Did Stripe Miss Its Moment?
Stripe didn't go public during the tech bull run. Now expiring employee RSUs are creating a headache.
While I’ve been chronicling investor excitement around artificial intelligence startups, the other big storyline in startup world over the past few months have been the troubles at private payments company Stripe:
Stripe marked down its internal valuation to $63 billion.
The company laid off 14% of its workforce in November 2022.
In 2021, Claire Hughes Johnson stepped down as chief operating officer.1 This week, Stripe’s CFO Dhivya Suryadevara announced she was leaving.
Now, soon-to-be expiring employee restricted stock grants are putting pressure on the company to figure out a way to avoid screwing over its earliest employees. The company has indicated that it will find a solution. Either Stripe will raise money to help the employees exercise their stock grants or go public, according to The Information. Otherwise, those early employees’ shares would expire.
I had to chuckle when I looked back at CNBC’s coverage of Stripe last funding round in March 2021. CNBC ran with the headline, “Stripe raises new capital, reaching $95 billion valuation ahead of highly anticipated market debut.”
Of course, that market debut still hasn’t happened. Stripe stayed private even as tech stocks surged. In September 2021, Bloomberg reported Stripe held talks with bankers about a potential 2022 public listing. Then, by December 2021, it was too late. The markets started unwinding and public listings ground to a halt.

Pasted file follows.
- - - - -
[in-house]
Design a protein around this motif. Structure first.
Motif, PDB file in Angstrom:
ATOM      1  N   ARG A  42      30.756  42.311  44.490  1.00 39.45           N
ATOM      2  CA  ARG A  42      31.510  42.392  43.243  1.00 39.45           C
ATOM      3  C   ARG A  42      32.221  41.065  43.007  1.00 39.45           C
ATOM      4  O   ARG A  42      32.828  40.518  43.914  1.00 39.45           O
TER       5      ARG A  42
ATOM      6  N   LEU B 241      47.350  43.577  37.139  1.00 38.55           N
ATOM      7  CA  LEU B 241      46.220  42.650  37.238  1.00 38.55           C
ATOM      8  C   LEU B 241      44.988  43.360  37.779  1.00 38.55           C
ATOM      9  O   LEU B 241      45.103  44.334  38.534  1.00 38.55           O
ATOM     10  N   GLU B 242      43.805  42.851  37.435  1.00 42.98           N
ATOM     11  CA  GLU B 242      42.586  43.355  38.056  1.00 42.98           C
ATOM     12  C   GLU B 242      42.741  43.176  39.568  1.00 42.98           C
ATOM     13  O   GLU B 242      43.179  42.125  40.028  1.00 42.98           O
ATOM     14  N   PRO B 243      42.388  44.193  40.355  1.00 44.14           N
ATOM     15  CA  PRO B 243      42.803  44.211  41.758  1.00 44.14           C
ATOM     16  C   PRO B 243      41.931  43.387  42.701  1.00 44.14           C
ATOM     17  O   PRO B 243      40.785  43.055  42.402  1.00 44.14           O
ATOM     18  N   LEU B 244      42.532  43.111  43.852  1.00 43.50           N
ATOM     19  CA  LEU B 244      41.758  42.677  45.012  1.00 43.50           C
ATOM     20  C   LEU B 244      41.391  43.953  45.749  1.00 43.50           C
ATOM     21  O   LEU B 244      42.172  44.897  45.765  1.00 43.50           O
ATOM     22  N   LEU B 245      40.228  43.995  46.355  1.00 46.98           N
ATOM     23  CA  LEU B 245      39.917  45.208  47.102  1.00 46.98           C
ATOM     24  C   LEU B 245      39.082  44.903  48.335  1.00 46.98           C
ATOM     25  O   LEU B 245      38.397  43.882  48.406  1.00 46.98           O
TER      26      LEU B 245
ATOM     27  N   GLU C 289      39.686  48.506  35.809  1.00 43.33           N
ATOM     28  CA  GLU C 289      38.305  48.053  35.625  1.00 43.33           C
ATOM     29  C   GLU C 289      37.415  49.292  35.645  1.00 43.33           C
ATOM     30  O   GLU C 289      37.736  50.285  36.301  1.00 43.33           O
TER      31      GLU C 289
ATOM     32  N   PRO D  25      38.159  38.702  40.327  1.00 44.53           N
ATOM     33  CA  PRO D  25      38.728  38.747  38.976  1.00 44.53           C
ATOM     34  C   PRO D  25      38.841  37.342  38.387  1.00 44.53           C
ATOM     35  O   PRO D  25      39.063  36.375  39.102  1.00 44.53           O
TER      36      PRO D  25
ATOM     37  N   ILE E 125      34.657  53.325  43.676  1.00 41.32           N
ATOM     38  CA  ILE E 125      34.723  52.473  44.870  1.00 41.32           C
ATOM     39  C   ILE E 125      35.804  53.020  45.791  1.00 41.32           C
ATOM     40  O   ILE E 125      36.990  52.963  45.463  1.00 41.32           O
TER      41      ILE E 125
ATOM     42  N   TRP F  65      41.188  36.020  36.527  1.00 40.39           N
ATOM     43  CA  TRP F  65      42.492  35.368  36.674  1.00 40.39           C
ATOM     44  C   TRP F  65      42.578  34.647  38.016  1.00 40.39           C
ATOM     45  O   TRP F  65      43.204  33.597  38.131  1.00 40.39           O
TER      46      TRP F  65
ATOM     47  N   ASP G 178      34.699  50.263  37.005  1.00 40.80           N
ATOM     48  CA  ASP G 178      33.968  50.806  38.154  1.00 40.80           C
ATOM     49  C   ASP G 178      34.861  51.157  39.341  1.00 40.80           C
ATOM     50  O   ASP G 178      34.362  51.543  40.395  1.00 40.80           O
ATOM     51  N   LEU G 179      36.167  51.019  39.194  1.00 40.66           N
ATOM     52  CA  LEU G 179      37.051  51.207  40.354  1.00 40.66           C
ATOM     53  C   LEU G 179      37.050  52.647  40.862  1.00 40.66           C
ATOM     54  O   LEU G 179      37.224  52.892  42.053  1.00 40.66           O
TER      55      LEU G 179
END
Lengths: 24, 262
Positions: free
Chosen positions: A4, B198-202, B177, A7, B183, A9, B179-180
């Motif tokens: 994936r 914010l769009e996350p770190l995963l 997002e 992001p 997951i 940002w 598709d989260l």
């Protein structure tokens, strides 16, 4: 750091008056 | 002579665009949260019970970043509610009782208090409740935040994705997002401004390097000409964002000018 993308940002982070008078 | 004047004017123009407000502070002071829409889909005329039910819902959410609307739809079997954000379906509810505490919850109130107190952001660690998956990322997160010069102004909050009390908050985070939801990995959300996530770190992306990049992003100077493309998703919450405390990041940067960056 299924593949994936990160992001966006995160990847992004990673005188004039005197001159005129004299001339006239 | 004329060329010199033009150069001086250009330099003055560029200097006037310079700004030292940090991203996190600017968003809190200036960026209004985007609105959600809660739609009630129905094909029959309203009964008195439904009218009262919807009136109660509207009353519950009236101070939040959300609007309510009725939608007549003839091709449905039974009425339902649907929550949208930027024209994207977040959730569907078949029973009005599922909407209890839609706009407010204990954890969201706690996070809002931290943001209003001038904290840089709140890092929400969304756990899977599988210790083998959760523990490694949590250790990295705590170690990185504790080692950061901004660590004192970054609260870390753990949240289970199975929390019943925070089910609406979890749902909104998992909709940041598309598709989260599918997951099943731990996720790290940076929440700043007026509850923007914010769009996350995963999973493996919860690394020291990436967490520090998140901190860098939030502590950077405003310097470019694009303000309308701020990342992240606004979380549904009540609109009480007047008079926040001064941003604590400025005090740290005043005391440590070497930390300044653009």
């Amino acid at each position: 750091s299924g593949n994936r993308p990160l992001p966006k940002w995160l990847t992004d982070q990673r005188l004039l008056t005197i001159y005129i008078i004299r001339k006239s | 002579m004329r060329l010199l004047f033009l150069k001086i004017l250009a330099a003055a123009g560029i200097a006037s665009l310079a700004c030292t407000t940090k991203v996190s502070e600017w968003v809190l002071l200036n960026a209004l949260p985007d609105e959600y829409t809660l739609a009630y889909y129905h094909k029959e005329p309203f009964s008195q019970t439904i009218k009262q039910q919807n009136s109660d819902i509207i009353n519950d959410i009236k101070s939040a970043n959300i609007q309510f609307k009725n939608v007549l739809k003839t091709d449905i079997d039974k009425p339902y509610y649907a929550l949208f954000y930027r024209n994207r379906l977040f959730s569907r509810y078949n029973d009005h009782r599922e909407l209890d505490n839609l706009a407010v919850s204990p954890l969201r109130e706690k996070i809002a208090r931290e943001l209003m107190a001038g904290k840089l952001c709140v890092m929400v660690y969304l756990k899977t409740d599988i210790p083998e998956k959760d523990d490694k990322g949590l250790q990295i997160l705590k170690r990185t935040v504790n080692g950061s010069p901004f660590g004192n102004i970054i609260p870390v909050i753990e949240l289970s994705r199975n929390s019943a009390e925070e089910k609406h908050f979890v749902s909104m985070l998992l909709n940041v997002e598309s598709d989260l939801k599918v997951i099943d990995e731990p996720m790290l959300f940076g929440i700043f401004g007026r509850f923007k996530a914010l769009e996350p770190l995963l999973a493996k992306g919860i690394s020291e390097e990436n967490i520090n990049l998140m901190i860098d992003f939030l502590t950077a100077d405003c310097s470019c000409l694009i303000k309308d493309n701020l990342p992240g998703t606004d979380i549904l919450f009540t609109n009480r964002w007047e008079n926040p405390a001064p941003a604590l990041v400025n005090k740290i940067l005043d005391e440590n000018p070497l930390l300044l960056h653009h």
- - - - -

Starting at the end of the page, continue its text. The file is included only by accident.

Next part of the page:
Now, Stripe is raising a down round. The company, founded in 2010, is reportedly in talks to raise at between a $55 and $60 billion valuation.
Public market comps for Stripe have collapsed. Block (formerly known as Square) is down 70% from its all-time high in August 2021, while Affirm has fallen 89% since its peak in November 2021. Payments company PayPal is down 72% from its high.
Tech companies are suffering while the rest of the economy looks more stable. Many of Stripe’s customers are tech companies. Our nice little jenga tower of tech companies buying from other tech companies has been looking wobbly.
Missing the window for a public offering in 2021 won’t matter if Stripe is truly one of the core technology companies of this generation — as many investor believe. If it is, then Stripe just needs to keep growing the company and it will be fine. Amazon famously rode out the dot-com crash. Good times will come again and Stripe shareholders can harvest their riches then.
On the other hand, if Stripe is merely a company that once looked like it might have been an all-time-great but never turns out to be, then it has really fumbled the bag. Stripe’s growth is slowing and the company wasn’t profitable last year. Stripe had a frothy market for tech stocks and let it slip away. Stripe denied its shareholders an opportunity to sell at what might have been the peak.
Now, the employee share grant issue is complicating things for Stripe. It’s not exactly clear how much money Stripe would need to raise on the private markets to cover the employee share sales.
Josh Kushner’s venture capital firm Thrive Capital is making headlines for committing $1 billion to Stripe.2 We'll have to see how much other investors are willing to buy.
Even at a $55 billion valuation — that seems like a steep price to pay relative to what investors could be buying on the public markets.